Friday, 13 May 2016

What is an inclusive school?

Inclusion should always be seen as a journey where no school arrives (Curriculum Group Dorchester, 2002). It involves the constant scrutiny and auditing of policies, procedures and practices, to ensure that no groups are underachieving, being marginalised or excluded. Inclusion is more about a state of mind than any specific educational arrangements. The process of learning is considered important as well as the content of what the student learns.
An inclusive special school should be concerned with excellence of educational opportunity in the true educational sense (Cole, 2000) and no longer focus primarily on their previous goals of functional competency and rehabilitation. Inclusive schools need subject expert teachers who know the diversity of learning difference of students.
"Effective schools are educationally inclusive schools. This shows, not only in their performance, but also in their ethos and their willingness to offer new opportunities to pupils who may have experienced previous difficulties. An educationally inclusive school is one in which the teaching and learning, achievements, attitudes and well-being of every young person matter.”
The teacher is the educational change agent (Hargreaves, 2003). At the heart of educational opportunity is the facilitating role of the teacher. Their beliefs and consequent practices are the crucial elements that foster student development. At a time of educational change and when such major paradigm shifts in the nature of education are being promoted what matters most are the teacher’s beliefs in what should be taught and then how they should practice their art of teaching (Daniels, 2000). If they are to practice inclusion principles and deliver an inclusive curriculum then every teacher must play their part, every teacher matters.
The drive for inclusion has been with us for over twenty years yet there is evidence that the support for the belief in the principles remains as rhetoric when it comes to practice. Where there are teachers in special schools that are not aware of the central curriculum and the relevance of the key learning areas then there is a lack of inclusion. Where there are teachers in all schools who keep a direct control of their classroom without encouraging student centred learning, then there are students who are not included in their learning. If the paradigms of teaching are to change, then the teachers need to be informed of how to change their practices. If this is not done then the excellent principles become empty rhetoric. Without the teacher’s clarity of values there can be no clear paradigms of curriculum delivery. Without the informed teacher there can be no inclusive education. The teacher really does matter.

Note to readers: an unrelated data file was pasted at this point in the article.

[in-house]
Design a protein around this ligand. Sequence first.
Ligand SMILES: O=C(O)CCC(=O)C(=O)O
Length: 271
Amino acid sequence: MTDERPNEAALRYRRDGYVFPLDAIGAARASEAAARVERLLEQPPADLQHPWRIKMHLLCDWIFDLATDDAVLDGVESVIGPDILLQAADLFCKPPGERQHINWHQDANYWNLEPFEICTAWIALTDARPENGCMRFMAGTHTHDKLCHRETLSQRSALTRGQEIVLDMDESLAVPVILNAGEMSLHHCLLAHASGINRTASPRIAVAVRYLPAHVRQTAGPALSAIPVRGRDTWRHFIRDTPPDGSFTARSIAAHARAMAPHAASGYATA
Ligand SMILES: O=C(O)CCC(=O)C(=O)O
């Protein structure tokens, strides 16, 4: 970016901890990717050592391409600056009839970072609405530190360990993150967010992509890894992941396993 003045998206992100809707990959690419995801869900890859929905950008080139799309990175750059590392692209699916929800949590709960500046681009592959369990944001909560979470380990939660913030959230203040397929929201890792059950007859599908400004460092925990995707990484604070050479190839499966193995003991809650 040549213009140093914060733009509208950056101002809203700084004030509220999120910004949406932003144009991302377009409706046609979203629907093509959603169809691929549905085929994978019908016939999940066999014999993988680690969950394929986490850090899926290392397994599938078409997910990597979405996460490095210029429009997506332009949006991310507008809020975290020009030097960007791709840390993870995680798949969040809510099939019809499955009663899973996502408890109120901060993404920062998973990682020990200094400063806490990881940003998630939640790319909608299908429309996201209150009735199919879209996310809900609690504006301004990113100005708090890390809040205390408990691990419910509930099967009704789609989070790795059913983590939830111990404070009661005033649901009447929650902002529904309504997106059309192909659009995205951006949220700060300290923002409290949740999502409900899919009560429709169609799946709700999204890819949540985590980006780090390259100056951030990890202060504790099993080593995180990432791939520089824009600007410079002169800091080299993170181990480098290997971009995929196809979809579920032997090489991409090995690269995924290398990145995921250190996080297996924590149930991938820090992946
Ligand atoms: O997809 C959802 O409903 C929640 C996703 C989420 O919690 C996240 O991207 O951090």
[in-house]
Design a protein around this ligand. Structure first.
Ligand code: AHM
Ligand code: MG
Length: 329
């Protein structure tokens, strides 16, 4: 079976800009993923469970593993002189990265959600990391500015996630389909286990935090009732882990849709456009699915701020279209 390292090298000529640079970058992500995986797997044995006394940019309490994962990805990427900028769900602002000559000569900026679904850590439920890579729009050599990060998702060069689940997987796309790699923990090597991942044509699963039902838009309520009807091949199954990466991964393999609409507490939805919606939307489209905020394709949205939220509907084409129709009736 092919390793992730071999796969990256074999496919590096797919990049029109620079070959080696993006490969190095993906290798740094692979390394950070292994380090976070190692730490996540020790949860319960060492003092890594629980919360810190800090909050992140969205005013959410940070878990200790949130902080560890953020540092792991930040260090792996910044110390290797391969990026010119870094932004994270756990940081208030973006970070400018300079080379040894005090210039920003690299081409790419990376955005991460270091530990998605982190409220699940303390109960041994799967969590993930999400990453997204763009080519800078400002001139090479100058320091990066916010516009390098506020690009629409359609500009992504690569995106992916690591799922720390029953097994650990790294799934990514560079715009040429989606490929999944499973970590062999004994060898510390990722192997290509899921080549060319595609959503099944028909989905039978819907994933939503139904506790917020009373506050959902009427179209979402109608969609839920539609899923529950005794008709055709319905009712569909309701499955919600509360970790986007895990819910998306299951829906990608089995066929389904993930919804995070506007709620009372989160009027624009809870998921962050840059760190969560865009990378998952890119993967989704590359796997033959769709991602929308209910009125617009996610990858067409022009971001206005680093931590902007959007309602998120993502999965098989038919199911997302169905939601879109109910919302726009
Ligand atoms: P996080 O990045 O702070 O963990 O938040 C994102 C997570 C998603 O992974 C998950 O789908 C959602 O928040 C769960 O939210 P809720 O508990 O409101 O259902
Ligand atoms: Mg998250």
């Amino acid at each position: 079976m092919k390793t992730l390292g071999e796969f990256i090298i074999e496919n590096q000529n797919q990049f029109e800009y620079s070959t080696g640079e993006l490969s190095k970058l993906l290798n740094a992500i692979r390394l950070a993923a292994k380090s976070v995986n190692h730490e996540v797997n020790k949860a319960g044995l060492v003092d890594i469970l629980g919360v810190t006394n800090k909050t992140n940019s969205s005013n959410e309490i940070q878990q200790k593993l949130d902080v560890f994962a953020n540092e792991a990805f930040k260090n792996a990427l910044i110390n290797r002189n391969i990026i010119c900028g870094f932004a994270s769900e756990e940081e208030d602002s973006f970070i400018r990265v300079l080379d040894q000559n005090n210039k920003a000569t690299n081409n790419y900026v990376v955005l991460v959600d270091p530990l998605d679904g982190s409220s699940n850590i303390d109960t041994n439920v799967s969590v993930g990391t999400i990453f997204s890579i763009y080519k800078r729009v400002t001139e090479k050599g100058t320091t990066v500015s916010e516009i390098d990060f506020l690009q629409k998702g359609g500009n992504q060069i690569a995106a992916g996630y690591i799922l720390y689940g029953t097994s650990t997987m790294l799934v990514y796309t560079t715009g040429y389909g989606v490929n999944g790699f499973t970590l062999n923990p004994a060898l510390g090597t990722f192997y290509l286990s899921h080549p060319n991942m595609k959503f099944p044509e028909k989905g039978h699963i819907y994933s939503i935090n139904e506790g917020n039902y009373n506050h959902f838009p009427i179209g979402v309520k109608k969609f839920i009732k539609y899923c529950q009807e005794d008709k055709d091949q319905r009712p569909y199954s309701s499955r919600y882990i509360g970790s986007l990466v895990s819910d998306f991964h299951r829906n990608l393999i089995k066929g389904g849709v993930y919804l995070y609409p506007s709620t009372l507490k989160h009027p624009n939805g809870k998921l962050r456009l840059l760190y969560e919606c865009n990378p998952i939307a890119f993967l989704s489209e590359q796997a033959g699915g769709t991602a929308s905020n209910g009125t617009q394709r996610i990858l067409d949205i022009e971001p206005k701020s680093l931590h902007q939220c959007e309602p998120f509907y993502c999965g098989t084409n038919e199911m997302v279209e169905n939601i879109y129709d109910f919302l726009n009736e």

The teacher in the classroom is like an actor on a stage who must have the will to inspire excitement about learning and the ability to encourage student curiosity and challenge the student’s ability to explore and make sense of the world about them. The greater the disability of the student the greater the challenge for the teacher, the more barriers to learning the student presents the more flexible a facilitator the teacher has to be. At this point it is the personality of the teacher which creates the sense of fun and laughter that is germane to educational motivation. Without the teacher’s sense of fun there can be no excitement or student curiosity. The teacher matters not only as a professional but also as a person.
A good teacher not only has strong beliefs but is also well disciplined in their art of professional practice. A good teacher has to have a holistic grasp of their responsibilities.  The teacher of the twenty first century is not just a person who teaches students in the classroom. A twenty first century teacher is an educator, a person who is an expert in curriculum management, a master of classroom management, a skilled practitioner in assessment and evaluation (Browder, 2001) and above all someone who understands the educational implications  of the abilities and disabilities of their students (Lewis, 2003) and encourages student centred learning, . The teacher matters because their ability to operate within this complex educational context requires the highest level of professionalism. Without the teacher’s highest standard of professionalism there can be no quality of education development.

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